About The Leo Club

Leo Club Objective

To provide the youth of the world with an opportunity for development and contribution, individually and collectively, as responsible members of the local, national and international community.

Leo Club Motto

Leadership – Develop skills as a project organizer, time manager and team leader.

Experience – Learn how teamwork, cooperation and collaboration can bring exciting changes to your community and the world.

Opportunity – Make friends and feel the rewards of community service.


Leos Club of La Habra

     Meeting place: La Habra Community Center

     Meeting Day/Time: 6:30 PM, every other Monday

For more information on the Leo's please email Lions, Lisa Sanchez at & Patty Matamoros at

Leo’s Corner

Nowadays when someone talks about community service, it is often thought of as what a judge orders during sentencing or something that looks good on a college application.  My name is Race Dibble, and as a 15-year-old sophomore attending Sonora High School, I look at community service differently.

During September 2013, my friend turned me on to a new club for teens called the “La Habra Leos”, and I thought it sounded like a perfect opportunity to get involved in community service.  When the Leos had their next scheduled meeting, my friend and I attended it accompanied by my parents.  After the meeting, we all agreed that joining the Leos would afford us great opportunities to be involved with our community.  In just this short period of time, I have worked at football games selling funnel cakes for fundraising as well as La Habra’s first Oktoberfest and the 4th annual Lion’s Pastafest, assisted during Hoopstarz basketball games helping people with special needs to play their winning games, sang in a Christmas Chorus at several retirement homes and a veteran’s hospital, and participated in “work parties”.  These are scheduled events when the Leos get together with the Lions to work at places that require cleaning and/or maintenance and when there is definitely more work involved than partying.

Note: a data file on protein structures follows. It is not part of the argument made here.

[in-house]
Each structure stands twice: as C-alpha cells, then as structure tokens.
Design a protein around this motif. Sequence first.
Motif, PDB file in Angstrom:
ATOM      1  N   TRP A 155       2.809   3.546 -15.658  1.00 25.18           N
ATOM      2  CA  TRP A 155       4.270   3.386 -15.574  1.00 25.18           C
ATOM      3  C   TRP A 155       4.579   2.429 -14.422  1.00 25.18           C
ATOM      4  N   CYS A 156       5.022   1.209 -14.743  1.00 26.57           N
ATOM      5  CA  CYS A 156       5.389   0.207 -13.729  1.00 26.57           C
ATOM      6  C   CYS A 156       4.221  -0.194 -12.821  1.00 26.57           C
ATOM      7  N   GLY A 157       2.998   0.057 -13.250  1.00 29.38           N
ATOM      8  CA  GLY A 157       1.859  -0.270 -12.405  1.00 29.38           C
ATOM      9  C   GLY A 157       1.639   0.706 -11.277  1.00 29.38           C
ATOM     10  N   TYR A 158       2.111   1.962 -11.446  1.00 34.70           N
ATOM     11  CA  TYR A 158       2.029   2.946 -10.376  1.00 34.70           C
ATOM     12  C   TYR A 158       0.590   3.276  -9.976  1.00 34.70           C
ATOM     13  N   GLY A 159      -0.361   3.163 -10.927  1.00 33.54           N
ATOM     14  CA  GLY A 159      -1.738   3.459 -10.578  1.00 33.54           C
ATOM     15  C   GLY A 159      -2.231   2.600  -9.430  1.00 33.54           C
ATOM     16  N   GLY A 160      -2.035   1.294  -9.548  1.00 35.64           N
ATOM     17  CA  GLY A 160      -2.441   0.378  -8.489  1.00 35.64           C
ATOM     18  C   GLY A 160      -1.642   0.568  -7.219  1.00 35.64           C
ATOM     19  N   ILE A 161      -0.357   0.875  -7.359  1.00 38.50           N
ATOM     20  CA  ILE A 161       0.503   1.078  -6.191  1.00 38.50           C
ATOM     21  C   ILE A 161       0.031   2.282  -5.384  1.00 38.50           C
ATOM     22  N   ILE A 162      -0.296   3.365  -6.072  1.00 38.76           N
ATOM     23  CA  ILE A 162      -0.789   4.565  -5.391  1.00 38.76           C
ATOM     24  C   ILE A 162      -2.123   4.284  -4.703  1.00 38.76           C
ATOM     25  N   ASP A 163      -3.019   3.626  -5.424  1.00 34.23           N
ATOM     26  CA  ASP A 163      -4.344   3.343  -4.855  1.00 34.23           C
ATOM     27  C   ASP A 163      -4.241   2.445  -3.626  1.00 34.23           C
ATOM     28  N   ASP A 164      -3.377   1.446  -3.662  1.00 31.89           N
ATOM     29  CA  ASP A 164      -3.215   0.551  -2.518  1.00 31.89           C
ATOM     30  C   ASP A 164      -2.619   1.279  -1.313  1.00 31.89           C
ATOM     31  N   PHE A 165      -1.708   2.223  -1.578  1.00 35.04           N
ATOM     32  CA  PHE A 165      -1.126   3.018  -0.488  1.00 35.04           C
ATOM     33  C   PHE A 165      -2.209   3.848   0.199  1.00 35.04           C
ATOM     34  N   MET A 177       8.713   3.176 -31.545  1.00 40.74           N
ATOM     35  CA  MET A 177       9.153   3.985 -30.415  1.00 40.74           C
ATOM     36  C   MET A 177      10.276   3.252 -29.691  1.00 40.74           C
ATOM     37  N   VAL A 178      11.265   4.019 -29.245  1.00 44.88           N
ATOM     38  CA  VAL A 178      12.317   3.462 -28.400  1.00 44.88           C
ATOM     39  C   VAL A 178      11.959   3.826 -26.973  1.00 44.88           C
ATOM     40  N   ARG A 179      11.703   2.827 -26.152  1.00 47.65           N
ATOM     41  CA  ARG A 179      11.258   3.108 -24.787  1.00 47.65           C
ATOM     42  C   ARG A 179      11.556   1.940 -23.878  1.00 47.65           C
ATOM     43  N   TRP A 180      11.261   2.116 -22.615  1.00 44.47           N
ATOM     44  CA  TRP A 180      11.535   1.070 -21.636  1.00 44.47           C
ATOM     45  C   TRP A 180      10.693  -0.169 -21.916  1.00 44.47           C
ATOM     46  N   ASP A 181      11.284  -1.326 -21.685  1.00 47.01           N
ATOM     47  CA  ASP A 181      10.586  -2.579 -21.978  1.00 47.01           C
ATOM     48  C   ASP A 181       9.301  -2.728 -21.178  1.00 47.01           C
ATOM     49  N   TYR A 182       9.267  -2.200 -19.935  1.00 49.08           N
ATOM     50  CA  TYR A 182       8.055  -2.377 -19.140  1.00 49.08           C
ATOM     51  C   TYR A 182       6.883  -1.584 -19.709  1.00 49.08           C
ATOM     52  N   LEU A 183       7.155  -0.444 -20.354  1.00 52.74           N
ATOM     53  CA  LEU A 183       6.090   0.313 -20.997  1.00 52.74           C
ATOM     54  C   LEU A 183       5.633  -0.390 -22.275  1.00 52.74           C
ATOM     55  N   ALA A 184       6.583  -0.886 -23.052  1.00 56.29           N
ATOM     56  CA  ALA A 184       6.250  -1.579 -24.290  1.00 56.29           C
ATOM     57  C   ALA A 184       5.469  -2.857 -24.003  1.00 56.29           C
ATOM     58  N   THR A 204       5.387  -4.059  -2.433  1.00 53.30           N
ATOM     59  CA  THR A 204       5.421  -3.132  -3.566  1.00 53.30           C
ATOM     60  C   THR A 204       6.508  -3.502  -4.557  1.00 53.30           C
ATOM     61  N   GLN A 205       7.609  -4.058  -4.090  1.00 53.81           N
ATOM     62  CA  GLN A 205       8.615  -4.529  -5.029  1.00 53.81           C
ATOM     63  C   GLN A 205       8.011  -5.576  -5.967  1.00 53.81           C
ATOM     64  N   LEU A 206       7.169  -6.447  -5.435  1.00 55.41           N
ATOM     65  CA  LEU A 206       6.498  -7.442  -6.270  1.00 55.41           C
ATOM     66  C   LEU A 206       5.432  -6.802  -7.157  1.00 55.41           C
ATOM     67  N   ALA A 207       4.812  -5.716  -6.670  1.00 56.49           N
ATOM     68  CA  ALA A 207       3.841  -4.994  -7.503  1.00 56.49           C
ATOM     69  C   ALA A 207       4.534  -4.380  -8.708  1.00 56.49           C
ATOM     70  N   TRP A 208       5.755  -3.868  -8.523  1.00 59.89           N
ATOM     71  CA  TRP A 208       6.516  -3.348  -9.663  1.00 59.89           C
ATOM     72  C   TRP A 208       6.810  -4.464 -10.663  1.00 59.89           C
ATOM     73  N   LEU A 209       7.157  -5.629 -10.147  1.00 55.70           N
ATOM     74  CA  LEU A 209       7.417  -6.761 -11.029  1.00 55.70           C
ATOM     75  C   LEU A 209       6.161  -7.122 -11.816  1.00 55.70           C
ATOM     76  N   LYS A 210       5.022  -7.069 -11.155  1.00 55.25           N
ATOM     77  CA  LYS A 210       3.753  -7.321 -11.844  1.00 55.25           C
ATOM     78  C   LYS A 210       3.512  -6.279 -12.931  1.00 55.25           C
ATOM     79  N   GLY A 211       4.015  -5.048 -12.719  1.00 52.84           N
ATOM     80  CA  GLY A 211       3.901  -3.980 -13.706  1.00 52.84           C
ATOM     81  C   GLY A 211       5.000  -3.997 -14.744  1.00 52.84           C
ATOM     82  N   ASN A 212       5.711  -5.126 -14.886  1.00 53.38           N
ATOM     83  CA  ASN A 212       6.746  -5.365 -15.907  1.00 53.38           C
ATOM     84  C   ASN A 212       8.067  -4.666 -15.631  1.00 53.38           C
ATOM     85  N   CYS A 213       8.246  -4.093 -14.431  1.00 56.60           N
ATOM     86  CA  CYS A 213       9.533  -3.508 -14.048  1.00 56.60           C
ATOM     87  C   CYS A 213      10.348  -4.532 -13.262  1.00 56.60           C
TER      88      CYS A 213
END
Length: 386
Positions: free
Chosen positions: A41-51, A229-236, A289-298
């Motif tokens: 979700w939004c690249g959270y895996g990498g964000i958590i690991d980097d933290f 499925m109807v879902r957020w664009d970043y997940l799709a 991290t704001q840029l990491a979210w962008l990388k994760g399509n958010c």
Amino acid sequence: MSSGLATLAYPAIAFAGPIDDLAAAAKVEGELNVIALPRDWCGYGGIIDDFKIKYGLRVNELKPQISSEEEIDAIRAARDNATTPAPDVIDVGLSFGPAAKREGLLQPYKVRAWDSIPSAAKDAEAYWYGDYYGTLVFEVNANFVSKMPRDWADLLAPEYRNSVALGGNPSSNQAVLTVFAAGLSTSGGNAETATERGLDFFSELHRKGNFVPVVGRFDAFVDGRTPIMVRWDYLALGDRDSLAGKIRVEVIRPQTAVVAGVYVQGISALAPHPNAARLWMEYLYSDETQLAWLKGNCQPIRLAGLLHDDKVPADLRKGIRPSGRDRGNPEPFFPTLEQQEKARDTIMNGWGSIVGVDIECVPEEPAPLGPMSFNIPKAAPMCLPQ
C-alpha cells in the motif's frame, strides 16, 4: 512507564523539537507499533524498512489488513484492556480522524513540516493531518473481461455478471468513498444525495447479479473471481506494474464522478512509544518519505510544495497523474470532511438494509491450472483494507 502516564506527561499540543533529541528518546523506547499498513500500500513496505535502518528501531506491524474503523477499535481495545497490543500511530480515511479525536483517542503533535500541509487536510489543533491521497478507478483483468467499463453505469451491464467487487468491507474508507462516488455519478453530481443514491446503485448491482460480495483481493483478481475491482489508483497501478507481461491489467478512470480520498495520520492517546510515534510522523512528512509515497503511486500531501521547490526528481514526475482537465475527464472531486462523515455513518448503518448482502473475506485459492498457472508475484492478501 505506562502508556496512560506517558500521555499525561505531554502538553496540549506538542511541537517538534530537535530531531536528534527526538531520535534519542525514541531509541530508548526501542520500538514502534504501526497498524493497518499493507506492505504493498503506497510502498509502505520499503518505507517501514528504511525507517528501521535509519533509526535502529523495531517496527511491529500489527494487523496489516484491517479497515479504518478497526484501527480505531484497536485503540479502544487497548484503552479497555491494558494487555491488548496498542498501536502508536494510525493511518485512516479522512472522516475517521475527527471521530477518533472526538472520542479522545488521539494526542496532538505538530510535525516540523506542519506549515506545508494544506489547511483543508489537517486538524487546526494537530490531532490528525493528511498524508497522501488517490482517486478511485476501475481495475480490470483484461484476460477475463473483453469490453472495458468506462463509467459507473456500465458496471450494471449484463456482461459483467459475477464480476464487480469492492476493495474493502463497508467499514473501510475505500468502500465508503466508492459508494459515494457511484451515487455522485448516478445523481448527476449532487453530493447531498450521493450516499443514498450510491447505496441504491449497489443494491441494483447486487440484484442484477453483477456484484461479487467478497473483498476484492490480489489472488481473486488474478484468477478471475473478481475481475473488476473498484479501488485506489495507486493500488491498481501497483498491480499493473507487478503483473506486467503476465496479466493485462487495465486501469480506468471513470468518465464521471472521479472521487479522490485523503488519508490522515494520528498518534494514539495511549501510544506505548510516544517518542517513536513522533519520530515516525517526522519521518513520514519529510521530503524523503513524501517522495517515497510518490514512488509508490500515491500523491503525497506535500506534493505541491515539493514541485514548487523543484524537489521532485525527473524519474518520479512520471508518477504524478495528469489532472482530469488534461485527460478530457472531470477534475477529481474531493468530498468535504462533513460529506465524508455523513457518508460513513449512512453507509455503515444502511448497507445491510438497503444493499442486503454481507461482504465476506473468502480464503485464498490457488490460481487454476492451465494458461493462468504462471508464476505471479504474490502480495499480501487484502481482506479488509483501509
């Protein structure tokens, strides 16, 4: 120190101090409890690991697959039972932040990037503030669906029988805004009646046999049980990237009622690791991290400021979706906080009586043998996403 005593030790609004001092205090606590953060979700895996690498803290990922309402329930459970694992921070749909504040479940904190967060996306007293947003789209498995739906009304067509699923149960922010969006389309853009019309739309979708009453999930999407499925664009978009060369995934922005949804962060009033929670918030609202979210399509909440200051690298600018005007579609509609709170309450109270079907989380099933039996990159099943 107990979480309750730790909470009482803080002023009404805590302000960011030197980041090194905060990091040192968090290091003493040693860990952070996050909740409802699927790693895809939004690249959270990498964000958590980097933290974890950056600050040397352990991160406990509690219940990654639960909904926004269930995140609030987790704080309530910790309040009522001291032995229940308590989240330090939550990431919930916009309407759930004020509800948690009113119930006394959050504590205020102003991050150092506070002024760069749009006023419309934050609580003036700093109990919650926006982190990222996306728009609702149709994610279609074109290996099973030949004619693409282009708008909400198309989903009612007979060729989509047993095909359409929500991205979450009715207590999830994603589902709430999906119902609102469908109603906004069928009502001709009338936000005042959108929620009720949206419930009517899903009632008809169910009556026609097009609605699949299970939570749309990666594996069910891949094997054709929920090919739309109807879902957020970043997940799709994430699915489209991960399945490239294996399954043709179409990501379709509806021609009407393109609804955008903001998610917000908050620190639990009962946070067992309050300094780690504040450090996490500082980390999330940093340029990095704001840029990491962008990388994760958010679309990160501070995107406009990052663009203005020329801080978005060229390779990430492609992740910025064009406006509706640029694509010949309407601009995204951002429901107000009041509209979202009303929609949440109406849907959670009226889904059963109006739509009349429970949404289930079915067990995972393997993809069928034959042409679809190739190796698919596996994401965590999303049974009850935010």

I believe in the Leo’s organization and actively encourage others to join.  This organization has changed the way I live and learn by giving me the sense of responsibility that every teenager may not always want but eventually needs.  I have not only been lucky but privileged to have our advisor Alyce Lubs, and board members Jazzlyn Hoffman, and Victoria Villarreal on my side throughout this adventure.  Plus, in the short time since becoming a Leo, I have been given the responsibility of Donations Chairman to deliver canned and boxed goods collected at each of our meetings to donate to the Resource Center and was recently appointed Secretary to keep meeting minutes and present quarterly progress reports. 

Being a Leo is not all about promotions and jobs.  It is also about teamwork and the friendships that we all create from being part of this organization and these collaborative events.  Nothing compares to the sense of accomplishment we feel in completing projects together that help our community and letting those who need our help know that we are here for them.  Serving our community as Leos does not mean doing things we have to do; instead, it means proudly doing things we get to do to help others. 

Race Dibble, Secretary
La Habra Leo Club

Leo Club History

Coach Jim Graver started the Leo ball rolling in 1957 and chances are that ball was a baseball. Graver was the baseball coach of the Abington High School in Pennsylvania, USA and an active member of the Glenside Lions Club.  With help from his fellow Lion, William Ernst, the first Leo club was charted on December 5, 1957.

As the world's first Leo club, the Abington High School Leo Club created the Leo acronym – Leadership, Equality, Opportunity – and chose their school colors, maroon and gold to serve as the Leo club colors.  Later, Equality was changed to Experience.

In October 1967, the board of directors of Lions Clubs International adopted the Leo Club Program as an official program of the association.

The Leo Club Program has continued to grow within the last 50 years. Leos now constitute an international network of over 6,500 clubs in over 140 countries. Community service remains the cornerstone of the program, fostering a lifetime commitment to helping others. Like their Lion counterparts, Leo club members enjoy serving their neighbors and watching positive results unfold.

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